While visiting family over Christmas, I drove past my old family home. We moved in when I was six months old; I was newly married when my parents sold it and moved away. Now someone else’s Christmas lights are in the windows, someone else’s cars are in the driveway. The outside looks the same, but it no longer feels like home – as though a total stranger had put on your dad’s favorite suit. It’s just a house…but it’s still a bit disorienting to have something be so familiar and yet so different at the same time. As they say, constant change is here to stay.
Have you ever had that experience, a moment of recognition that familiar things don’t remain familiar for long? Friends age. Hometowns become cities, or ghost towns. The founding pastor moves away, or passes away. Nothing ever stays the same. “Only death and taxes never change!” we say. Some of us thrive on change; others feel profoundly disoriented if the coffee shop changes their house blend. But all of us want something to stay the same in life. We need, even crave, an anchor for our inner world, what one poet called a “permanence amid all that’s passing.” Where is such an anchor to be found?
“For I the LORD do not change; therefore you, O children of Jacob, are not consumed,” says the Lord in Malachi 3:6. There is one permanent reality in our shifting world: our faithful, covenant keeping God. Theologians use the term “immutability” to describe a precious truth about the Lord: he remains, eternally, the Unchangeable One.
God is who he is, eternally transcendent over space and time and far exalted above every creature. He rests within himself and is for that very reason the ultimate goal and resting place of all creatures, the Rock of their salvation, whose work is complete. (Herman Bavinck, Reformed Dogmatics, vol. II, p.158)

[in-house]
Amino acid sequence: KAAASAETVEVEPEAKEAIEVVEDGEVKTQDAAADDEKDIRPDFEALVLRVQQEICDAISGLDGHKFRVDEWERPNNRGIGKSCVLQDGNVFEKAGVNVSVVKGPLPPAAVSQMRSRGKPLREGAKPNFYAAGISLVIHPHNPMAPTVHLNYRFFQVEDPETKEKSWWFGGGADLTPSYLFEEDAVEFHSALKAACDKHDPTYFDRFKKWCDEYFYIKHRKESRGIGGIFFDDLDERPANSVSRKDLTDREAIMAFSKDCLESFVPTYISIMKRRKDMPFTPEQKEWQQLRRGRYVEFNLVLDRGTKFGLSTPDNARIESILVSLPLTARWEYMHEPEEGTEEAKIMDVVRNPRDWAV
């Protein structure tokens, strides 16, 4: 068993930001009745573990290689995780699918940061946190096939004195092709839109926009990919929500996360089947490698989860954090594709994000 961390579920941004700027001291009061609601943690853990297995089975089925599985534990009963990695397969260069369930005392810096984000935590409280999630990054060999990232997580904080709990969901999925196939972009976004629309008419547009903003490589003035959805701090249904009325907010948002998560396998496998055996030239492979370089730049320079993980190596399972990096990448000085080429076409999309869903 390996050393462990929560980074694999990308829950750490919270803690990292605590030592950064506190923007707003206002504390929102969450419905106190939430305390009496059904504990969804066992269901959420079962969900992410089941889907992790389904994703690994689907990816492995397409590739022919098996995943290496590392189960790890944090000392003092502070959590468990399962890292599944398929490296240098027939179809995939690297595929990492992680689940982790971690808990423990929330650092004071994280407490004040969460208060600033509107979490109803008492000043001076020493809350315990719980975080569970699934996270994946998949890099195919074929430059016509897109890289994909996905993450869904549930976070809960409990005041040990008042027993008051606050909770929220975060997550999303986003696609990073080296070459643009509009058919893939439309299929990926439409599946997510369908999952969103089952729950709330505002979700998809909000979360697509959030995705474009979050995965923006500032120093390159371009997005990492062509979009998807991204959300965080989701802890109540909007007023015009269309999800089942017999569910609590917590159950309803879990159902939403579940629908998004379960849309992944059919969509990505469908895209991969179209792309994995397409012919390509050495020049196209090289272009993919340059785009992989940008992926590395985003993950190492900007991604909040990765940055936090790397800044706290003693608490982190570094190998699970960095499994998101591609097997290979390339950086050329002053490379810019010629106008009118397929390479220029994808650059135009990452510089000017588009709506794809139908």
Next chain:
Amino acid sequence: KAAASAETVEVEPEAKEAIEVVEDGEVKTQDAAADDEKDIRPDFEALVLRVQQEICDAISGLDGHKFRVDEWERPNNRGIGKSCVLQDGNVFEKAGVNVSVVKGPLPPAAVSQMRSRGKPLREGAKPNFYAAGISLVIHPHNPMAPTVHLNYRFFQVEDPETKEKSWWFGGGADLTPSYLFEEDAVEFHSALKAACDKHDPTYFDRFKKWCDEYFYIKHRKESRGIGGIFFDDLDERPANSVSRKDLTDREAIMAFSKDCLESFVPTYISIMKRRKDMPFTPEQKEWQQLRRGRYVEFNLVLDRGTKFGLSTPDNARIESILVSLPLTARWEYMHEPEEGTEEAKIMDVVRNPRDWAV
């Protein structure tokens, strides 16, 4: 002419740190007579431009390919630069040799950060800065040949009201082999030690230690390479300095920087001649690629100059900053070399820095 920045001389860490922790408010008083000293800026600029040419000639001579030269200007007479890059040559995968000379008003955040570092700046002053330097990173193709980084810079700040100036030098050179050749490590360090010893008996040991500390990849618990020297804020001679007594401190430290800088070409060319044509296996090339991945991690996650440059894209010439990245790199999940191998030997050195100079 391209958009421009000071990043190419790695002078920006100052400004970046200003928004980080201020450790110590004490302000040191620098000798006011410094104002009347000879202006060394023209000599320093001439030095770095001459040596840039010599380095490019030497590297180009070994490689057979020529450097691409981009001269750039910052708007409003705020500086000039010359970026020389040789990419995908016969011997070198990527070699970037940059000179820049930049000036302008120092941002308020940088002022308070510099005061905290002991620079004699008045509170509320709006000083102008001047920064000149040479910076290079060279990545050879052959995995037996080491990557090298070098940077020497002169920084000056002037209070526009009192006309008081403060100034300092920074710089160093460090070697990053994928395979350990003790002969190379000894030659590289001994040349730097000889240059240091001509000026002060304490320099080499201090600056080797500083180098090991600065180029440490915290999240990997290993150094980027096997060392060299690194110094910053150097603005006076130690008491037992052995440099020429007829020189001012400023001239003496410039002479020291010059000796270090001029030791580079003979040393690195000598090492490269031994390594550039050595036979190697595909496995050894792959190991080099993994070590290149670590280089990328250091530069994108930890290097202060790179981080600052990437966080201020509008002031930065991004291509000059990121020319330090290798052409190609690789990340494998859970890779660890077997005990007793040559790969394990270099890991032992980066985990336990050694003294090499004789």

But wait. Passionless stoicism in our heavenly Father’s heart isn’t a comforting thought. If God is unchanging, does that mean that he isn’t affected by our changing circumstances? If nothing changes him, is he capable of feeling grief over our losses, compassion for our fears?
“As a father shows compassion to his children, so the LORD shows compassion to those who fear him. For he knows our frame; he remembers that we are dust.” (Psalm 103:13-14)
A parent, knowing full well that there is no monster under the bed, can still be moved by their child’s fears, entering in and comforting them with genuine compassion. So the Lord, unchangeable in himself and knowing fully how every wrong will be righted and every sorrow turned to joy, still binds himself to us in covenant love, sharing our fears, griefs, and burdens. What Isaiah said of Israel is, and will be, true of us in Jesus:
“And he became their Savior. In all their affliction he was afflicted, and the angel of his presence saved them; in his love and in his pity he redeemed them; he lifted them up and carried them all the days of old” (Isaiah 63:8-9)
All created things change. Under the sun, there is no permanence amid all that’s passing. Until the unchanging One entered the shifting sands of human existence and became our Rock and our Redeemer. In him, and in him alone, our souls find rest.
Photo by Beverly Goodwin